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Fear of Flyingno - it's not a hairpiece, just a bad haircut                                                                       back to TTN home page
by Joe Harkins
- Apr 14, 99

    You may search Amazon.com's web site in vain for books credited to Helen A. Mayer. Likewise, searches on that name across the entire Internet will draw a blank. Earlier this month, at age 91, she passed away in virtual obscurity, despite having co-authored one of the most important books ever written about overcoming the fear of flying.

    Yes, I give full credit to Erica Jong's liberating novel of that name from the early 1970's. But that was about a different kind of fear and a rather special form of flying.

    I'm talking about the fear of actually soaring above earth, moving through open skies on an invisible cushion of air, as a form of transportation. Many people are terrified of flying although it had been the unattainable dream of the ages prior to this century.

    According to a survey commissioned by Boeing, the aircraft builder, that is an issue for 1 out of 6 Americans. An estimated 25 million people would "rather take the bus."

    In the years since that survey was compiled, fears of accidents have been compounded by barbaric acts of terrorism. And it's likely that travelers' fears will increase as international tensions climb.

    Those fears persist despite facts that establish that golfers have a higher risk of being struck by lightening than commercial aviation passengers have of being killed in an airplane crash. According to a variety of public and private sources, both Commercial Aviation (what we fly as paying passengers) and General Aviation (also known as "private" and "corporate" flight) just completed their safest year.

    Still, phobia is no respecter of statistics, fame or accomplishment. According to Godrey Aviation the list of those who don't like skipping along the clouds includes world champion boxer Muhammad Ali, science fiction author Ray Bradbury and former president Ronald Reagan.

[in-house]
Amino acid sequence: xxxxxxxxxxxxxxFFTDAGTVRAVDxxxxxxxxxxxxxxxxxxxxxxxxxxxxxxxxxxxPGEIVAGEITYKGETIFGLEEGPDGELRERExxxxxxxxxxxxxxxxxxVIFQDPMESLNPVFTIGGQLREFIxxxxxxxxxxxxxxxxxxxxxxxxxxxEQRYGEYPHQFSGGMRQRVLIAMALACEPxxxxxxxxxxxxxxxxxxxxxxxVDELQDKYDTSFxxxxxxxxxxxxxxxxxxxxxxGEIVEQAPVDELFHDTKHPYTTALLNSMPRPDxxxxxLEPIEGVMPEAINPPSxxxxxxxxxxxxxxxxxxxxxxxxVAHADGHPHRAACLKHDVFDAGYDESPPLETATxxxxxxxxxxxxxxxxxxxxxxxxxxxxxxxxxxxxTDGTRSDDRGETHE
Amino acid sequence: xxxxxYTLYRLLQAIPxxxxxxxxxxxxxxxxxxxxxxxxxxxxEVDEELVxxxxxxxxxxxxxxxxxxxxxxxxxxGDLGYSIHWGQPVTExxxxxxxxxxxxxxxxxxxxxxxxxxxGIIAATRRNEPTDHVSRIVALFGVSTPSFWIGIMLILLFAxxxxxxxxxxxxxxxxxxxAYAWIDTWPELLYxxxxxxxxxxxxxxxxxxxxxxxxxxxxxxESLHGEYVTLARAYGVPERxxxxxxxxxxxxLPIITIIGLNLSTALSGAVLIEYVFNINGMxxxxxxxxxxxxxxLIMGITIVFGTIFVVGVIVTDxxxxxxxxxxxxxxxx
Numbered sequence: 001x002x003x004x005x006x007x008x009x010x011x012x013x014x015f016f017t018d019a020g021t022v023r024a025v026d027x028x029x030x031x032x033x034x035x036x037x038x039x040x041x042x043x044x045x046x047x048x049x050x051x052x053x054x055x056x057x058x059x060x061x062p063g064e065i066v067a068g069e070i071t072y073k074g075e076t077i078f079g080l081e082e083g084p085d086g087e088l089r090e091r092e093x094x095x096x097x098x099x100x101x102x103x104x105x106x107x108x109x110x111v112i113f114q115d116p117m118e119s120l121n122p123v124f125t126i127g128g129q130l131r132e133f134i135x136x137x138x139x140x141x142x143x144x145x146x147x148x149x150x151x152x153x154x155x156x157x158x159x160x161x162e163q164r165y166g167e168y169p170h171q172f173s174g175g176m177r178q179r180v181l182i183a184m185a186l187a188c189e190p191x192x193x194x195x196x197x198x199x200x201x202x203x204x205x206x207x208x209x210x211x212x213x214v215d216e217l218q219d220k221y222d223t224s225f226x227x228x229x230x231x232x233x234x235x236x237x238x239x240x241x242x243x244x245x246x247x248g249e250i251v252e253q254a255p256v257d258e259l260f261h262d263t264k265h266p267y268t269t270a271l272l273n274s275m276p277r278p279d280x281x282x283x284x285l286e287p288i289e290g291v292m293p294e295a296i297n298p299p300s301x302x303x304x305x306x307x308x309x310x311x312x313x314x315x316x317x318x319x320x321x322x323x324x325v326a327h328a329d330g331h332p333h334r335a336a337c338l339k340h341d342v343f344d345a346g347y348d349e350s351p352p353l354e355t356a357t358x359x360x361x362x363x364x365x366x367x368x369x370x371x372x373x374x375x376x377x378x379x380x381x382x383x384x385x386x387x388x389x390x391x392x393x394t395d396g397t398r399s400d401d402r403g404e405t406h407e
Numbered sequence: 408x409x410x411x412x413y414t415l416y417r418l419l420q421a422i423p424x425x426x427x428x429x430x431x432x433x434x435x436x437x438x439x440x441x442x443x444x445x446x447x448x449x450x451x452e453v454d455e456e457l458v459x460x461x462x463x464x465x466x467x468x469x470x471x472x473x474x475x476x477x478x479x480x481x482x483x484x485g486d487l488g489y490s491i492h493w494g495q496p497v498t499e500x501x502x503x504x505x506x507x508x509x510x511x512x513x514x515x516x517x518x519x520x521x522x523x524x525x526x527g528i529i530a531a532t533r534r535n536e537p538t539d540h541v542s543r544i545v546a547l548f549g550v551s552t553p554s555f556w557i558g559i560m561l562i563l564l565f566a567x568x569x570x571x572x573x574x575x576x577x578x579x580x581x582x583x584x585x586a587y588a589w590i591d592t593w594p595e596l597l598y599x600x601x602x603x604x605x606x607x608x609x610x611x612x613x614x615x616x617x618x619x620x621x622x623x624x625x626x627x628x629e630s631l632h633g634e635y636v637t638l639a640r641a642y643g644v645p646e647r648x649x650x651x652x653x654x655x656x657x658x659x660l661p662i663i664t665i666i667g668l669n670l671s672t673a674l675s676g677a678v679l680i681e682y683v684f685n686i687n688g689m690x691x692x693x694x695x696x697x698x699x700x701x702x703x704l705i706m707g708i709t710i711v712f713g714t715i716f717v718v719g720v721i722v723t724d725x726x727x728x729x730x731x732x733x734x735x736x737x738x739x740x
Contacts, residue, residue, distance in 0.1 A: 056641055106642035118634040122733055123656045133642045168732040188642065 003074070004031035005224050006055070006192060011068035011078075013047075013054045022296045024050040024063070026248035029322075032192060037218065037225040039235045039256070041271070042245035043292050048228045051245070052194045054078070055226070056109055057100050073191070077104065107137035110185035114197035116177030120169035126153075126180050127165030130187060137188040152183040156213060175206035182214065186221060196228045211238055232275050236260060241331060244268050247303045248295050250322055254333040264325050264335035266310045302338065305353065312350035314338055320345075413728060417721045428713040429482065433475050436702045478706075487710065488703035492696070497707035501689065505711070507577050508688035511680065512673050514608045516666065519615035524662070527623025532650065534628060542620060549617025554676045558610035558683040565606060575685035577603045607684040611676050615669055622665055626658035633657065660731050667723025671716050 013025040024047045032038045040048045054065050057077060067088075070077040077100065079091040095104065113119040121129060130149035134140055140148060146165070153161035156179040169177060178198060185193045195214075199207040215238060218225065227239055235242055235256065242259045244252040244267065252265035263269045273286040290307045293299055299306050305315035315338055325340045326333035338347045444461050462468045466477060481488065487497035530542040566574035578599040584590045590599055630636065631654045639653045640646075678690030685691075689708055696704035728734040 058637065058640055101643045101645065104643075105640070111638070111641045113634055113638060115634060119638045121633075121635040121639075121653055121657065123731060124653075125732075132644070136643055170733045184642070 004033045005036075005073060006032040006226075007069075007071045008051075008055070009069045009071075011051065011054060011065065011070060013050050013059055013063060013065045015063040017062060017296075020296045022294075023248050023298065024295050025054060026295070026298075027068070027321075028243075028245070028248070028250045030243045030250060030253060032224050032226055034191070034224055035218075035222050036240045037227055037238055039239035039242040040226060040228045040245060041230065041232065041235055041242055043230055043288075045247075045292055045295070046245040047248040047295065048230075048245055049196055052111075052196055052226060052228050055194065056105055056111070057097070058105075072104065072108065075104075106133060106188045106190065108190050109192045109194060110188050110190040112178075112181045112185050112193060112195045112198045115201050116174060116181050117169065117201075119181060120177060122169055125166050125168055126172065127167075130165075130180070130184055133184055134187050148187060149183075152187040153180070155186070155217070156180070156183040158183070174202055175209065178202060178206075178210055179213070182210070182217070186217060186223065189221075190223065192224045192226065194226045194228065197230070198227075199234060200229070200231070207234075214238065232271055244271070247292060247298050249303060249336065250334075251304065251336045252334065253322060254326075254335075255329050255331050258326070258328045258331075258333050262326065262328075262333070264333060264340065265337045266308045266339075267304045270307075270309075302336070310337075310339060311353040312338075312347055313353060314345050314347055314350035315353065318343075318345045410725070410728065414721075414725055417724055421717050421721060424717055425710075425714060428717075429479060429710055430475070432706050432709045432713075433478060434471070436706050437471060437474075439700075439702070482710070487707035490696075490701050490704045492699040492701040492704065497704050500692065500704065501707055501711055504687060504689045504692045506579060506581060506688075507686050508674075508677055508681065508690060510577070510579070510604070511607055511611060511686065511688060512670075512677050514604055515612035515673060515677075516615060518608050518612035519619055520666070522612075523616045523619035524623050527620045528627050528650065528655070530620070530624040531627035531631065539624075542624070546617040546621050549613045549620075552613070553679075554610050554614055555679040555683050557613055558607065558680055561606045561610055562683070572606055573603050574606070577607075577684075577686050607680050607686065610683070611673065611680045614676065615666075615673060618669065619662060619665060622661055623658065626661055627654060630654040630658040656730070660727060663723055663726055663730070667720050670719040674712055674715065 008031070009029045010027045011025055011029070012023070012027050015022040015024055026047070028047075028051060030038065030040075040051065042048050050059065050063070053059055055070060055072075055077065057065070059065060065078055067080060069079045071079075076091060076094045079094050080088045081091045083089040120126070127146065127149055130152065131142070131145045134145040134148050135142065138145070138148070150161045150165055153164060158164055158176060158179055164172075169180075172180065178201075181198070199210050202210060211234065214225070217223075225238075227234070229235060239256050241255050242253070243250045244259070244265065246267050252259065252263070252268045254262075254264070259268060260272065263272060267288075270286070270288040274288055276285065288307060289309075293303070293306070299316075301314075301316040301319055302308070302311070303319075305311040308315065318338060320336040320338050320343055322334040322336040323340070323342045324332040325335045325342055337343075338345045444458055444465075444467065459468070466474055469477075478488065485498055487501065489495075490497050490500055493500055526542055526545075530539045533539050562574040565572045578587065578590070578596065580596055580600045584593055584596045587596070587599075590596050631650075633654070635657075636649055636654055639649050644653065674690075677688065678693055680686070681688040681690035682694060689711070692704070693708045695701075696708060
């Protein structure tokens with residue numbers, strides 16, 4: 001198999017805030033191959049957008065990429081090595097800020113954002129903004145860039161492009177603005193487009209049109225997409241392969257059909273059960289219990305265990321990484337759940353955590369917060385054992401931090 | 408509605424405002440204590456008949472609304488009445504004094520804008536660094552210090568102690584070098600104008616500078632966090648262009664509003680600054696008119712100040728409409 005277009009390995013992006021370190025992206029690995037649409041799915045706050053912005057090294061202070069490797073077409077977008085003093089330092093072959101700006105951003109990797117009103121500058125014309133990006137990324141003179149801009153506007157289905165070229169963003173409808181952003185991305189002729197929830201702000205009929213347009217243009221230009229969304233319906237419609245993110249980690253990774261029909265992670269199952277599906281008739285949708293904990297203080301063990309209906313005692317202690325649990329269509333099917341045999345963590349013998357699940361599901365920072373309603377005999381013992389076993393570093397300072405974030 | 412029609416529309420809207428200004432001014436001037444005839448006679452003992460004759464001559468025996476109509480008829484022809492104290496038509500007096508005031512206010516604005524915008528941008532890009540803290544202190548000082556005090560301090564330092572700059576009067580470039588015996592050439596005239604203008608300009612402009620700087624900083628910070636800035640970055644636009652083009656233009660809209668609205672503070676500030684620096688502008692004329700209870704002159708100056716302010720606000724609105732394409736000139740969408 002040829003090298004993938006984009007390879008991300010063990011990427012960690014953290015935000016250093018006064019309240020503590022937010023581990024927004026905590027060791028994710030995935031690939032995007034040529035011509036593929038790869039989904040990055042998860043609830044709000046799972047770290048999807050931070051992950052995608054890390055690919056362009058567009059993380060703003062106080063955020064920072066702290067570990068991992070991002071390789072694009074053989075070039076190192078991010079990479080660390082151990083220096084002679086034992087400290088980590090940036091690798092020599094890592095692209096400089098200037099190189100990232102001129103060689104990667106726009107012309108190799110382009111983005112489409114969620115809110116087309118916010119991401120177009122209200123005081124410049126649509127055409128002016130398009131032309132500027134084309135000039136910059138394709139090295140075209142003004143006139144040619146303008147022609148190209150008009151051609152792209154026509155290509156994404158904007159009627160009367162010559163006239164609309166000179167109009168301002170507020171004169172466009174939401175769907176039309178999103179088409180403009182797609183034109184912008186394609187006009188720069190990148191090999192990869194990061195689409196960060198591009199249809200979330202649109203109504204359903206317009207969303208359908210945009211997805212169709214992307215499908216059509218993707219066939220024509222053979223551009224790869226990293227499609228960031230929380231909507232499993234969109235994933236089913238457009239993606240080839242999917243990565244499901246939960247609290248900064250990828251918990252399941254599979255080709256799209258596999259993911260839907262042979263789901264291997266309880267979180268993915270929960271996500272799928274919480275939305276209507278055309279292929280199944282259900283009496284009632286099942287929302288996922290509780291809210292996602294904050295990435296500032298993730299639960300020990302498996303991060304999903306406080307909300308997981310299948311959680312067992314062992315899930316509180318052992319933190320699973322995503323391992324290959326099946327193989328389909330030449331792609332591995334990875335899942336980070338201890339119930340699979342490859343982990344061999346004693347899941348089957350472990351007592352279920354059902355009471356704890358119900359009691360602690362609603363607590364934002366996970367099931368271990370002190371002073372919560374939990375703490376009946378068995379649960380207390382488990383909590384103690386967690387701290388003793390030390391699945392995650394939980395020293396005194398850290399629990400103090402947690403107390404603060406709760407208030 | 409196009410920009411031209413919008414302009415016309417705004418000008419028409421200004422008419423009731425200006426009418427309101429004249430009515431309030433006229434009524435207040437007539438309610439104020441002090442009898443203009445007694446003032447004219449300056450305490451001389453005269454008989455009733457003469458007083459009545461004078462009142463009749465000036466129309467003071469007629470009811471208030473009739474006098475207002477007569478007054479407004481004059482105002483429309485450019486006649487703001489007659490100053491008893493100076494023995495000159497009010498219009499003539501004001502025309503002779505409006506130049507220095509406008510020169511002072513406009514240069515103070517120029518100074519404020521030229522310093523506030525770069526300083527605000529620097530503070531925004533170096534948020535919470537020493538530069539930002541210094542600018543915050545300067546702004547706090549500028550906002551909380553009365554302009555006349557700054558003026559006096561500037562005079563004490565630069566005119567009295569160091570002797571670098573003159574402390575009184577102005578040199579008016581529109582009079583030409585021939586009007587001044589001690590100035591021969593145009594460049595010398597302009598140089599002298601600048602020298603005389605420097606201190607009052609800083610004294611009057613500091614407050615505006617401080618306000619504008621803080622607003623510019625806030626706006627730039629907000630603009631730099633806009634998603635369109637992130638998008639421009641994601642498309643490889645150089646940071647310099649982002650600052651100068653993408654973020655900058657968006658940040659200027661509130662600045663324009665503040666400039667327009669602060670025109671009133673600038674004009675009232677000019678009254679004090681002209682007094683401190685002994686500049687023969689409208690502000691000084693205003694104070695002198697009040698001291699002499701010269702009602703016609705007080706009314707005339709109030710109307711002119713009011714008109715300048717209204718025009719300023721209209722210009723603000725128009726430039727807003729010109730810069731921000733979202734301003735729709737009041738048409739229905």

Most people know that John Madden, throughout his many years as a football announcer, has used only ground transportation. But not everyone can afford the time and expense that requires.

    Articles by Laura Bly in USA Today's archives and subsequent pages linked at the bottom of that page contain resources, on and offline, for help in overcoming the problem.

    Help comes in a variety of forms. Books, videos, tapes, and seminars may be sufficient for those who merely need reassurance and support to unclench those white-knuckles. Many web sites offer them, sometimes combined with actual flight experience.

    Flying with Confidence Video
    Pegasus Fear of Flying Foundation
    The Delete Technique
    Freedom Seminars
    Flight to Freedom
    Institute of Human Factors

    For those whose fears are deeply rooted and paralyzing, professional counseling, often culminating in a "graduation" flight, may be an answer.

    Fear of Flying Clinic
    Fear Takes Flight
    SOAR Program
    Courage to Fly

    But, if a calm, experienced voice will soothe your fears enough to allow you to catch the flight that leaves in a few hours, the web site of
Diana Fairechild suggests that a phone consultation with her may do the job well enough. She promises, "I will not try to talk you out of fear of flying with facts about how safe the statistics say everything is . . . " which makes sense because you wouldn't have to have read this far in this column if that's all it takes.

    A bit of ridiculous distraction may be enough for some. I know I find it quite difficult to be afraid of anything while wearing my own helicopter beanie. You can buy yours online at Beanyland, the company that's "
Changing the way America flies."

    Now if you are still puzzling over what is important about the book written by Helen A. Mayer, the "a" stands for her maiden name, Aberson. Ms. Aberson wrote the book "Dumbo", the story of an elephant whose large flexible ears were an embarrassment until he learned to use them as wings. The book has been out of print for decades but her story, with her collaboration on the script, was made into the Disney film of the same name.

    Like many fanciful tales, the story really is about something more than what  appears in the text. In this case, it's about realizing you can reach beyond any apparent handicap, despite the ridicule of others, once you accept yourself for the unique individual you are and overcome the fear of failure.

-30-


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